Japan’s JR Central rail operator has recently unveiled its SCMaglev high-speed hover-train prototype, eventually destined to run from Tokyo to Osaka via Nagoya in a journey time of just 67 minutes. The company’s current high-speed Shinkansen service takes approximately 2 hours 30 minutes between the two cities.
A massive challenge for civil engineers will lie in the topography of the planned route. In order to be straight enough to allow top speeds of up to 500kph (311mph) when open to the public, the track will be required to run through approximately 250km of tunnels – many of them through the Japanese Alps – representing about 86% of the route.
In a nutshell, this is how the train uses “superconducting magnetic levitation”. According to a report in the UK’s Financial Times newspaper, it is “propelled by powerful supercooled magnets along a walled track known as a ‘guideway’. The train runs on rubber wheels until it reaches 100kph, at which point it floats to 10cm above the ground. The lack of friction allows it to reach its record-breaking speeds”. It is also said to be extremely difficult to derail.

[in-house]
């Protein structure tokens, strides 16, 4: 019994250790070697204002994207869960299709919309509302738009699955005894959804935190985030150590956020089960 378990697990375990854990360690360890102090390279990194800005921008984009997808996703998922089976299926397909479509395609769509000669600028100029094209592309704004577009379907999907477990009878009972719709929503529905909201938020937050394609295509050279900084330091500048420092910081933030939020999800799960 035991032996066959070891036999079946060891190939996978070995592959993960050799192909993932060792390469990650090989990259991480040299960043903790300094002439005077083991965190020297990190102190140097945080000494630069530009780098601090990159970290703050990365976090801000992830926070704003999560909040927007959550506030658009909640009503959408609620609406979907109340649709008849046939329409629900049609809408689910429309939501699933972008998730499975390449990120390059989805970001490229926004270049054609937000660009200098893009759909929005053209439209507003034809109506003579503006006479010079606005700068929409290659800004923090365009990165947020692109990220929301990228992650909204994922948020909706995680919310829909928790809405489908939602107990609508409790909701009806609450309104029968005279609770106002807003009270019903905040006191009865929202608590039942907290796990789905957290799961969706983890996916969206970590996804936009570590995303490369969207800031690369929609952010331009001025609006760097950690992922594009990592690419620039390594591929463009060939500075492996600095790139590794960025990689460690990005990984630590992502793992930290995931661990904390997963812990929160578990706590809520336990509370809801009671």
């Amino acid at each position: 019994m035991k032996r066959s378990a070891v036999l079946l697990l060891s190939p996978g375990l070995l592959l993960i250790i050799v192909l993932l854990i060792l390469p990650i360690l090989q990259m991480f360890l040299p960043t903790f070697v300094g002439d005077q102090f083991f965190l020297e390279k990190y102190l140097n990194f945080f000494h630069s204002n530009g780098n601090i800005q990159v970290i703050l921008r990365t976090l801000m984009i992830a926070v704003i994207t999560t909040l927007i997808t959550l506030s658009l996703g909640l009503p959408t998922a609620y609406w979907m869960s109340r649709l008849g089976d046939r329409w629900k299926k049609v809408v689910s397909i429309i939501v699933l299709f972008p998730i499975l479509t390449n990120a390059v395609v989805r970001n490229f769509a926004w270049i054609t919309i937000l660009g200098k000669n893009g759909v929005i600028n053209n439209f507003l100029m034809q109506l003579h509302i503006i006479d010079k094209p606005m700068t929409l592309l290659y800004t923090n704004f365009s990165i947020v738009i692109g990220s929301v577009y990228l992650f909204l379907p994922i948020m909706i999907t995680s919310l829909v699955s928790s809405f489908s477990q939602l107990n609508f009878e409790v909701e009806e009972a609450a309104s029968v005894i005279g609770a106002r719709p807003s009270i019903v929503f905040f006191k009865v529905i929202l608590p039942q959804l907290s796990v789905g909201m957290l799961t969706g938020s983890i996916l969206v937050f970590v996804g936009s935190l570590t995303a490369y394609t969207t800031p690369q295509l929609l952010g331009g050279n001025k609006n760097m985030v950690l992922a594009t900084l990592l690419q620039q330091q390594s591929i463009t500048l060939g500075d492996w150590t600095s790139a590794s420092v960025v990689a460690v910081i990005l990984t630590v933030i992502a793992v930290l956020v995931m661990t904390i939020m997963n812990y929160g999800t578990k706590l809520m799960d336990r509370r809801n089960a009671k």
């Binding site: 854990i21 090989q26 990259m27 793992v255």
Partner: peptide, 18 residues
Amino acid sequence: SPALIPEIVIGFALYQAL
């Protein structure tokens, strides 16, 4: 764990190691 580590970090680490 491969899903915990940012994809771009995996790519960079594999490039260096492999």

On the subject of speed, a JR Central prototype has so far attained a blistering 580kph (360mph) in tests last September, the world record for a train. However, recognition for the world’s first fully operational Maglev train goes to China. Since 2004, the Shanghai Transrapid service has linked Shanghai Pudong International Airport and central Pudong. Its top speed is a comparatively sedate 431kph (268mph).
Although the first section of the proposed new tracks between Tokyo and Nagoya won’t be operational until 2027, not reaching Osaka until 2045, it is hoped that the Maglev will showcase Japan’s advanced engineering capabilities to the world in the nation’s run-up to the 2020 Olympics.
JR Central also hopes to interest other countries, such as the USA, in buying its Maglev train technology to help fund the project. The estimated cost currently stands at some Y9bn ($89bn), which JR Central will bear in its entirety.